• Take a deep breath, go for a walk, or go do something different for a few minutes and try to put your disappointment into perspective.
Taking time to reflect and step away from the situation will help calm your thoughts and emotions so you’ll be better able to handle the disappointment.
3. Refuse to doubt yourself. Sometimes disappointment can make you feel like a failure. You may wonder why these things happen to you or you may think you were stupid to get your hopes up in the first place. But none of that is the truth. Don’t allow yourself to give in to these negative thoughts!
• Disappointment is not unique to you.
Everyone has been disappointed at some time in their life. Instead of putting yourself down, think about what could have been done differently and learn from the experience.
4. Look for a solution or compromise. Things may not always turn out as you hope, but often there is another option or a different way of looking at things.
• Take a few deep breaths, relax, and look for the silver lining.
It’s possible to find something positive in almost every situation.
5. Re-evaluate and make changes if necessary. Sometimes when we experience disappointments, it may be a sign that we need to re-examine our priorities or expectations. Depending on the degree of disappointment you’re facing, you may need to make minor or major changes to your life.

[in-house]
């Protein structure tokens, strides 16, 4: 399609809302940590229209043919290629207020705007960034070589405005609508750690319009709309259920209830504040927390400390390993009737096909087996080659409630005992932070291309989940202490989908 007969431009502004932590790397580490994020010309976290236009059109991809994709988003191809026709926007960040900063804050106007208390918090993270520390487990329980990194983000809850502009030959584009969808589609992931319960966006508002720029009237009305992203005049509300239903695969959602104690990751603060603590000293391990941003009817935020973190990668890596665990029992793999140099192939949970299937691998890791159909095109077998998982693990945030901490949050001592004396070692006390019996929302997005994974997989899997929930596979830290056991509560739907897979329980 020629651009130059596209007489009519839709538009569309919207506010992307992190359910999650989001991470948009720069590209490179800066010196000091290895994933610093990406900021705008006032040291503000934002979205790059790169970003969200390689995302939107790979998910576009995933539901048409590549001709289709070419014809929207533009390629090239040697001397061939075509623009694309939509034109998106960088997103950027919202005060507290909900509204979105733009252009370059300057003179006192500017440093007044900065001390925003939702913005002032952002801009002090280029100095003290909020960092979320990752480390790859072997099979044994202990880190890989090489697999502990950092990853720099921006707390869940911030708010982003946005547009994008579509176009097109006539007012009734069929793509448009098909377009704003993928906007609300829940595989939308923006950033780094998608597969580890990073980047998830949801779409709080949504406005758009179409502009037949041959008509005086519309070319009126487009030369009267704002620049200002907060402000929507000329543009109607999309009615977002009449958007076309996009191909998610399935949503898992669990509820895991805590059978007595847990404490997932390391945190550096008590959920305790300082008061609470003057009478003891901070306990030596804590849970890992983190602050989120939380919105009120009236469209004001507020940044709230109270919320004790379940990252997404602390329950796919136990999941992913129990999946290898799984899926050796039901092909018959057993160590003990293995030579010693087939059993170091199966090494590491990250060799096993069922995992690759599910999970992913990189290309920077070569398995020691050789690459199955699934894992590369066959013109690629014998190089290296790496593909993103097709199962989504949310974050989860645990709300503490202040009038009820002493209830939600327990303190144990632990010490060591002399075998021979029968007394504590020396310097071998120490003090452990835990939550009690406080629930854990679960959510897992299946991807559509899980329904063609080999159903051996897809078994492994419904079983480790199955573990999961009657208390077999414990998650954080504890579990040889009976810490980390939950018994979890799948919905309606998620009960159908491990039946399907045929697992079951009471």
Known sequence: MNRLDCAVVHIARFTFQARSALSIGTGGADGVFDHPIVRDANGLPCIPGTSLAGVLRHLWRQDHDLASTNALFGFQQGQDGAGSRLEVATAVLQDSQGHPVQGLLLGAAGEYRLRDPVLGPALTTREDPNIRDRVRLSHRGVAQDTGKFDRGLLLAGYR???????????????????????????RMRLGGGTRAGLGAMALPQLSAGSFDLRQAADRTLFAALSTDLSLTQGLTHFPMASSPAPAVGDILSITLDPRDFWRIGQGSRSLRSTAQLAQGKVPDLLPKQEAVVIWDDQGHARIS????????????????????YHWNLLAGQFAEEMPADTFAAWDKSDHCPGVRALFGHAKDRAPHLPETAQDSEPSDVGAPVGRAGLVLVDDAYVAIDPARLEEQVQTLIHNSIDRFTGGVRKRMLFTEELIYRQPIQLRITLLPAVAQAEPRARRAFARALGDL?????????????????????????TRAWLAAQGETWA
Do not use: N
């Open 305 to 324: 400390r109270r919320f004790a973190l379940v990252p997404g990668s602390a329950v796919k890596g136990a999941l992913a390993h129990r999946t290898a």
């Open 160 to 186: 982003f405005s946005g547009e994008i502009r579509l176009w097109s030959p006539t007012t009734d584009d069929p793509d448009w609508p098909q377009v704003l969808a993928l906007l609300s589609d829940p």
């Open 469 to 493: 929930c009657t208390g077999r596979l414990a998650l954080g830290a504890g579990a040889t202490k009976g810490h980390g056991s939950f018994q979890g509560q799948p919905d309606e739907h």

• Learn to be flexible.
Refocusing your attention on your new goals and on what is really important to you will help you manage or avoid future disappointments.
Above all, don’t become discouraged and don’t give up.
All successful people have had to learn to deal with setbacks and disappointments somewhere along their journey. However rather than giving up, they learn from their failures and disappointments; and go on to achieve their goals.
You must not allow disappointment to lower your self-confidence. That’s not to say that you need to gloss over your feelings, but learning how to deal with your disappointments effectively will allow you to learn and grow, and then you will be better placed to move on to bigger and better things.
When you struggle to let go of someone, there can be sustained periods of rumination and in essence, stewing in what you feel is a rejection of you. If there’s been a series of disappointments, you’ve likely lost sight of you and your values, which means you don’t have the perspective that’s so needed to handle and manage the inevitable disappointments that arise in life.
Whether it’s for a date that didn’t happen, dates that didn’t progress, feelings that weren’t reciprocated, your relationship not working out, or even discovering that someone isn’t what you thought they were, you become fixated on this person (or even a series of people that you thought were “it”) fulfilling your hopes and dreams.
By focusing on the person instead of on the bigger picture of your hopes and expectations, you lose hope because the disappointment leaves you feeling like there’s no point in bothering and your ‘last chance saloon’ has gone.
This person isn’t the only way that you could have your hopes and expectations for a relationship fulfilled though, plus just because they don’t or didn’t fulfil them, doesn’t mean any and all hopes for a relationship are over.
When you struggle to get over the disappointment, it’s because you were over-invested in the potential, ‘vision’, and ultimately the hopes, plans, and outcome that you had set your mind and heart on.
If you’ve been invested in various people and the hopes and expectations you had for a relationship have to adjust due to practical factors, the disappointment is natural and to be expected, but you have to work your way through these feelings to acceptance so that you can create new hopes and expectations.